Rewinding from immature Android to mature PalmOS

I like seeing new developments in technology, like the game-changing memristor from HP. At times, I get frustrated with new technology because it introduces complication without delivering improved quality of life. Case in point: Google’s Android operating system and the Nexus One.

In February, I fast forwarded from using a Palm TX to a shiny new Nexus One, due to the failure of the digitizer in the former device. I was excited about the Nexus One — reportedly the best Android device to date. As I began to use the Nexus One, I found several areas that were less productive than the Palm TX. I grew frustrated, and searched for add-on apps that would smooth out the bumps in the calendar and give me a task list.

I found three excellent apps that helped: Pure Calendar Widget, gTasks, and Calendar Pad. I put two 2×2 Pure Calendar widgets on my home screen, side by side: one for my calendar, and the other for my tasks (Pure Calendar displays data from Google Calendar, gTasks and/or Astrid). As I continued to use the Nexus One, I determined what I want in a PDA/smartphone, in order of priority:

  1. Quick access. I want a quick, easy way turn on the device, and I want instant access to my most important data: calendar, and tasks. With Android, it’s too cumbersome. I want a calendar button, and if I can’t have that, then I want additional unlock gestures, one of which will drop me directly into my calendar — at today’s date. Same for tasks. I’d like a physical phone button to quickly make phone calls.
  2. Bluetooth keyboard Support. If I’m going to invest into a PDA or a smartphone, I want a keyboard. It makes it easier to take notes, and it makes it far easier to use SSH. I don’t want a keyboard all of the time, but I will us it frequently. Android may well support this in the future (See this and this). The Palm TX supported it years ago.
  3. Better calendar. I want it to have most of the features of DateBk5 for the Palm including 1. collapsed day view (don’t show me wide swaths of time when there are no appointments). 2 floating appointments, 3. a compact “Calendar Pad” like view for month and week (with text), 4. a better built-in agenda-style widget, somewhat comparable to Pure Calendar Widget, 5. easier touch-screen editing and configuration of appointments and 6. I want calendar search built-in.
  4. Configurable alarm snooze length and snooze response. DateBk5 is fantastic in this regard. When an alarm appears on my screen, I want to be able to snooze for any length of time I specify, and I want to be able to specify it for each and every one that may be pending — not all at once.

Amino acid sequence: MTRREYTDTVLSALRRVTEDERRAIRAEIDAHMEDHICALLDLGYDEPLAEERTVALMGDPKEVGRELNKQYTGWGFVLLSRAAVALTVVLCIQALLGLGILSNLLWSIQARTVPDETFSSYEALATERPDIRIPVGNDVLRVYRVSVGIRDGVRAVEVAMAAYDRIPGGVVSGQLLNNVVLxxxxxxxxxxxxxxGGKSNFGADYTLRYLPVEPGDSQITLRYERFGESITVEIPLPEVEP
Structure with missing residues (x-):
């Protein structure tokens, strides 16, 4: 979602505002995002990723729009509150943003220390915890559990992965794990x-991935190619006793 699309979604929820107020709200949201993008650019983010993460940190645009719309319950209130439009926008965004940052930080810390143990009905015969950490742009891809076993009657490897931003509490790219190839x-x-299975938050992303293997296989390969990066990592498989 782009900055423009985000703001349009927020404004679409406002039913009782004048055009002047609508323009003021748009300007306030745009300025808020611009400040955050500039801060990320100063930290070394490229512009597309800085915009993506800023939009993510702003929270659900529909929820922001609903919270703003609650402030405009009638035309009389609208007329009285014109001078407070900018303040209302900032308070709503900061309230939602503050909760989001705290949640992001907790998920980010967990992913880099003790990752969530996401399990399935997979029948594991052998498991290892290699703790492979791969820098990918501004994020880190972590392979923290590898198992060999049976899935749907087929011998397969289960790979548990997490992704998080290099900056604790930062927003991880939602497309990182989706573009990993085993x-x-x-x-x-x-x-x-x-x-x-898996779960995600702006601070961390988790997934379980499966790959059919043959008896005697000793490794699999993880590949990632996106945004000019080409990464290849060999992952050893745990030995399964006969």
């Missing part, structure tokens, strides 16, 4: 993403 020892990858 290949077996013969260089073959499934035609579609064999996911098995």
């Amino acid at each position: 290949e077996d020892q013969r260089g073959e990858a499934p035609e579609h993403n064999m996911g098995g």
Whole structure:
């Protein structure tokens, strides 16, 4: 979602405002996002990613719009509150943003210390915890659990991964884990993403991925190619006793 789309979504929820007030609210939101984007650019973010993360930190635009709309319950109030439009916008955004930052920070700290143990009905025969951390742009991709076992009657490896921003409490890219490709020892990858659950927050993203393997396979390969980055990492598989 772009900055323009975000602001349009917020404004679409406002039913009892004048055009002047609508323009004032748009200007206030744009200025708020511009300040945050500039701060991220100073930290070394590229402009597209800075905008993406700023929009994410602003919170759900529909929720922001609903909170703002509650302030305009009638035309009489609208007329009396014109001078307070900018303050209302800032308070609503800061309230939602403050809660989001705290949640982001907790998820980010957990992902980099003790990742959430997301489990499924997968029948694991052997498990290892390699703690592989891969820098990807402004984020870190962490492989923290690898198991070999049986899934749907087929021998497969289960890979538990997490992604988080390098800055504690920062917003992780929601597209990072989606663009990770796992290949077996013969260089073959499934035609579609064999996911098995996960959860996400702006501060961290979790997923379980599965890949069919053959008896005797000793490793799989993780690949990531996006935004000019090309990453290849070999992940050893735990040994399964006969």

5. Contacts: I want to be able to sort by last name.
  6. Email: I want copy and paste in the email apps.
  7. Camera with good auto-focus. The Nexus One was so close, but ultimately, it failed to focus for 80 percent of my pictures. It would have been more satisfied without a camera.
  8. Standard headphone jack that isn’t finicky.
  9. Record audio to a standard, ubiquitous form out-of-the-box, such as wav, ogg vorbis or mp3.
  10. Full backup and restore.
  11. FM radio receiver. I like listening to the radio, and if I’m going to have a device that does it all, why not have an FM radio too? But if it costs too much extra, then no thanks.

A few weeks after I purchased the Nexus One, a coworker told me I could buy a replacement digitizer for my Palm TX for $35, which I did. I followed the instructions at instructables.com to do the replacement, and have been very pleased with the result. So pleased, in fact, that I considered selling the Nexus One. I like the precision of a stylus better than a fat finger. I like the ability to write, using Graffiti, without having to look at an on-screen touch-keyboard to jot down notes. If only I could have a keyboard for the Nexus One, then maybe it would be more productive.

I bought a foldable bluetooth keyboard (Palm 3245ww), on the (incorrect) recommendation that it would work with the Nexus One. It didn’t, but that was okay, because it works beautifully with the Palm TX.

I continued to use the Nexus One, but I found myself frustrated when I read email but had no physical keyboard to compose a reply — instead, I had to settle for a slow touch-screen alternative. I had a general purpose computer in the palm of my hand, but I felt crippled with it. My expectations exceeded the capacity for it to deliver. The Nexus One is a fantastic mobile internet device, and a great platform for consuming content, but not for creating content.

I found myself using the Nexus One to check email or read Facebook when I was sitting at the dinner table, when I really wanted to be focused on my family. I found myself updating apps to the latest version, instead of doing more productive things. I found myself distracted by the Nexus One to the point that it was reducing the quality of my life.

So I sold the Nexus One, and now I’m satisfied with mature, capable, legacy technology in the form of my Palm TX. I’ll continue to watch Android as it matures — after all, I like seeing new developments in technology.

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